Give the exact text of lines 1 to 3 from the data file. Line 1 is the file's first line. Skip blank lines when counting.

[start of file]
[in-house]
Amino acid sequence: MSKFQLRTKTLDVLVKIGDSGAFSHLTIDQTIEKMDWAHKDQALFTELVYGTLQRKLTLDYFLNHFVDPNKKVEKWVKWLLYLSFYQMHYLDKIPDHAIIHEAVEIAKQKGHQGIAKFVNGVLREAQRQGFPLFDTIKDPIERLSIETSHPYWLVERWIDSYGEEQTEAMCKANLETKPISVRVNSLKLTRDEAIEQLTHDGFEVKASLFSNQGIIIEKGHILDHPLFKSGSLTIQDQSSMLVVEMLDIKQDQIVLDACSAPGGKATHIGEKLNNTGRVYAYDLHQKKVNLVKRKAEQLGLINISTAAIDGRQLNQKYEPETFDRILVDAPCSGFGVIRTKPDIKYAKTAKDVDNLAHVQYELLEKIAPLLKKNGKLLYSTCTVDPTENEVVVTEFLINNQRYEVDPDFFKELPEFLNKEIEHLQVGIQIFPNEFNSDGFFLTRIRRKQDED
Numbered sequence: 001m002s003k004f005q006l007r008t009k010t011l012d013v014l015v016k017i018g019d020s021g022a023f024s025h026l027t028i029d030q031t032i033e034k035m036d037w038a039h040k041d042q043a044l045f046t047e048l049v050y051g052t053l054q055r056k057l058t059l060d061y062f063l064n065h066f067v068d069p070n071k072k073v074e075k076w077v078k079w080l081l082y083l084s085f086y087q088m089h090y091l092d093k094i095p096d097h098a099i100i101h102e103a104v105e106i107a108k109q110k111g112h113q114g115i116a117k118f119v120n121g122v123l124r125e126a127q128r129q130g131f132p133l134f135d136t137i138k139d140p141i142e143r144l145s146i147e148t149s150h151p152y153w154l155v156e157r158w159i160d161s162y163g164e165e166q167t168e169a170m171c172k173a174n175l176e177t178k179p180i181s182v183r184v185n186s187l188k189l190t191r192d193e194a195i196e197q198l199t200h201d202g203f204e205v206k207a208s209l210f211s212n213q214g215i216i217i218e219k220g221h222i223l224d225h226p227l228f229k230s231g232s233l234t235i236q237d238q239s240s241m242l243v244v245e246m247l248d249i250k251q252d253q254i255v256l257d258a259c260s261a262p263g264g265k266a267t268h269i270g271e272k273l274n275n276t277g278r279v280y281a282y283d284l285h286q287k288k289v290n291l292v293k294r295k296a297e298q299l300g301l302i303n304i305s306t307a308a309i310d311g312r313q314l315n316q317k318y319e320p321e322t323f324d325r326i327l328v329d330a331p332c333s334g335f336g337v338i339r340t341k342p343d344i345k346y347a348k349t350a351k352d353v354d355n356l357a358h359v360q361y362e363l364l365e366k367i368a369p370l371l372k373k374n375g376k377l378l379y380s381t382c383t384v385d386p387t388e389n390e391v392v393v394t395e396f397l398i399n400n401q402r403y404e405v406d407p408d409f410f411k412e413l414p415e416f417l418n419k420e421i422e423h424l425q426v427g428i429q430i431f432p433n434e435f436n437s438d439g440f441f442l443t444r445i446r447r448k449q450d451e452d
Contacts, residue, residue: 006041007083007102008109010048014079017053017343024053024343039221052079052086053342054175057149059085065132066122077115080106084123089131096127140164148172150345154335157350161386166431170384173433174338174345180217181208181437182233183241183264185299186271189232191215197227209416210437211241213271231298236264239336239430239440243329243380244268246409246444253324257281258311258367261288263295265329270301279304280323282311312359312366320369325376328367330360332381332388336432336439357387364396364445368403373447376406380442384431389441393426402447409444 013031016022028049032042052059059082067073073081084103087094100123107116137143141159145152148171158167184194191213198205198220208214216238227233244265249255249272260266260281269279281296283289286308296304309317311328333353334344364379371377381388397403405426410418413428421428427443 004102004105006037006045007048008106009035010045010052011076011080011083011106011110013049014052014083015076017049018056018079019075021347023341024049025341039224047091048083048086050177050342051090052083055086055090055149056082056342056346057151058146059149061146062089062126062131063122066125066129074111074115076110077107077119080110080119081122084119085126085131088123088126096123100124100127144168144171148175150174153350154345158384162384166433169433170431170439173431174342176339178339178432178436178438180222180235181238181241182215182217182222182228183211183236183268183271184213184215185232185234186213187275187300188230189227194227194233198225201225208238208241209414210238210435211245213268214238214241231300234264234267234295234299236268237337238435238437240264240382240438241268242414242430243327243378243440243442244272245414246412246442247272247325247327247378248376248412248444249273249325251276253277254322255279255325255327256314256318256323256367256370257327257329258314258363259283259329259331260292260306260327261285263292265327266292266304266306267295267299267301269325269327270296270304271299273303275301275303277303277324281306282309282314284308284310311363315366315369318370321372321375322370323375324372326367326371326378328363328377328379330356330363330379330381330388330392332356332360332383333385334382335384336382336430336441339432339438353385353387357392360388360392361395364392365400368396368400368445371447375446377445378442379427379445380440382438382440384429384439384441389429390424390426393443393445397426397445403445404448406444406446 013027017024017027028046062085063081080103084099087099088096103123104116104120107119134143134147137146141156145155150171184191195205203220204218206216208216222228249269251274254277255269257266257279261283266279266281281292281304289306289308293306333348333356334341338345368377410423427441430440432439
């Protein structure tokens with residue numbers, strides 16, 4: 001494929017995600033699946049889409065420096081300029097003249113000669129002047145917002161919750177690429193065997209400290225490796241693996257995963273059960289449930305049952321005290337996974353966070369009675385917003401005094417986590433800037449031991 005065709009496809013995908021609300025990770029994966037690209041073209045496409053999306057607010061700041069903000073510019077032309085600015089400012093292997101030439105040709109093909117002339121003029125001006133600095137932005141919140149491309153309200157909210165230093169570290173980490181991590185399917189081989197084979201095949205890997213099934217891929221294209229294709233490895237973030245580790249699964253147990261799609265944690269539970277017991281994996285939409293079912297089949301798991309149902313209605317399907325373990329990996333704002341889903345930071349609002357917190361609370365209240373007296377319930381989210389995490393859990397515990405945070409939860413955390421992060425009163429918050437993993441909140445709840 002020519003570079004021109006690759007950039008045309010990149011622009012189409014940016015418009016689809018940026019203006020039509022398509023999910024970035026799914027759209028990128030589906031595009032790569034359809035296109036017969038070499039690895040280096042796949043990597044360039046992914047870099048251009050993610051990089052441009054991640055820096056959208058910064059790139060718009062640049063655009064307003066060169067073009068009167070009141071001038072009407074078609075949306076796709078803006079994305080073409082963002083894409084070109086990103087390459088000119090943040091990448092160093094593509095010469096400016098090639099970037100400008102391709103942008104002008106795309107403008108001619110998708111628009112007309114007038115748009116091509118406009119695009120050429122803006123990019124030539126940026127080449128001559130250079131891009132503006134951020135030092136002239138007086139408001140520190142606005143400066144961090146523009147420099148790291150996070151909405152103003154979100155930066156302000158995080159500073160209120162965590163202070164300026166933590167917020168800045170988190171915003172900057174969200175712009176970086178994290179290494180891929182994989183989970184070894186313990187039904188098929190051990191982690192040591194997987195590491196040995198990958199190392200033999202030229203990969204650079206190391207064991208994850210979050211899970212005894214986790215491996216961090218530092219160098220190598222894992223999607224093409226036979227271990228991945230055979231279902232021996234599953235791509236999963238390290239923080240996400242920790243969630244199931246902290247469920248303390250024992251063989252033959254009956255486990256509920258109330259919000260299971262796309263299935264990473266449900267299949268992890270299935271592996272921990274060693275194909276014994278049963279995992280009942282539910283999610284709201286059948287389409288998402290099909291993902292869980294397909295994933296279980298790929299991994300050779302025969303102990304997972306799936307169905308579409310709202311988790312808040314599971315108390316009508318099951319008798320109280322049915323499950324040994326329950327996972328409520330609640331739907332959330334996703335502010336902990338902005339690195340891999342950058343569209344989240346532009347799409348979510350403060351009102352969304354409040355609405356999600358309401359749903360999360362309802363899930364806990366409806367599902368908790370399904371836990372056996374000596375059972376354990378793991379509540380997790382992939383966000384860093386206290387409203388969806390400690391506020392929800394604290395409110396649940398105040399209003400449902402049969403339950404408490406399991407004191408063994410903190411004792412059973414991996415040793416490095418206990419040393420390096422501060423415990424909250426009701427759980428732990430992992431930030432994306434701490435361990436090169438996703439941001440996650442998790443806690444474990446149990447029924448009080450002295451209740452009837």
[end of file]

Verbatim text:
[in-house]
Amino acid sequence: MSKFQLRTKTLDVLVKIGDSGAFSHLTIDQTIEKMDWAHKDQALFTELVYGTLQRKLTLDYFLNHFVDPNKKVEKWVKWLLYLSFYQMHYLDKIPDHAIIHEAVEIAKQKGHQGIAKFVNGVLREAQRQGFPLFDTIKDPIERLSIETSHPYWLVERWIDSYGEEQTEAMCKANLETKPISVRVNSLKLTRDEAIEQLTHDGFEVKASLFSNQGIIIEKGHILDHPLFKSGSLTIQDQSSMLVVEMLDIKQDQIVLDACSAPGGKATHIGEKLNNTGRVYAYDLHQKKVNLVKRKAEQLGLINISTAAIDGRQLNQKYEPETFDRILVDAPCSGFGVIRTKPDIKYAKTAKDVDNLAHVQYELLEKIAPLLKKNGKLLYSTCTVDPTENEVVVTEFLINNQRYEVDPDFFKELPEFLNKEIEHLQVGIQIFPNEFNSDGFFLTRIRRKQDED
Numbered sequence: 001m002s003k004f005q006l007r008t009k010t011l012d013v014l015v016k017i018g019d020s021g022a023f024s025h026l027t028i029d030q031t032i033e034k035m036d037w038a039h040k041d042q043a044l045f046t047e048l049v050y051g052t053l054q055r056k057l058t059l060d061y062f063l064n065h066f067v068d069p070n071k072k073v074e075k076w077v078k079w080l081l082y083l084s085f086y087q088m089h090y091l092d093k094i095p096d097h098a099i100i101h102e103a104v105e106i107a108k109q110k111g112h113q114g115i116a117k118f119v120n121g122v123l124r125e126a127q128r129q130g131f132p133l134f135d136t137i138k139d140p141i142e143r144l145s146i147e148t149s150h151p152y153w154l155v156e157r158w159i160d161s162y163g164e165e166q167t168e169a170m171c172k173a174n175l176e177t178k179p180i181s182v183r184v185n186s187l188k189l190t191r192d193e194a195i196e197q198l199t200h201d202g203f204e205v206k207a208s209l210f211s212n213q214g215i216i217i218e219k220g221h222i223l224d225h226p227l228f229k230s231g232s233l234t235i236q237d238q239s240s241m242l243v244v245e246m247l248d249i250k251q252d253q254i255v256l257d258a259c260s261a262p263g264g265k266a267t268h269i270g271e272k273l274n275n276t277g278r279v280y281a282y283d284l285h286q287k288k289v290n291l292v293k294r295k296a297e298q299l300g301l302i303n304i305s306t307a308a309i310d311g312r313q314l315n316q317k318y319e320p321e322t323f324d325r326i327l328v329d330a331p332c333s334g335f336g337v338i339r340t341k342p343d344i345k346y347a348k349t350a351k352d353v354d355n356l357a358h359v360q361y362e363l364l365e366k367i368a369p370l371l372k373k374n375g376k377l378l379y380s381t382c383t384v385d386p387t388e389n390e391v392v393v394t395e396f397l398i399n400n401q402r403y404e405v406d407p408d409f410f411k412e413l414p415e416f417l418n419k420e421i422e423h424l425q426v427g428i429q430i431f432p433n434e435f436n437s438d439g440f441f442l443t444r445i446r447r448k449q450d451e452d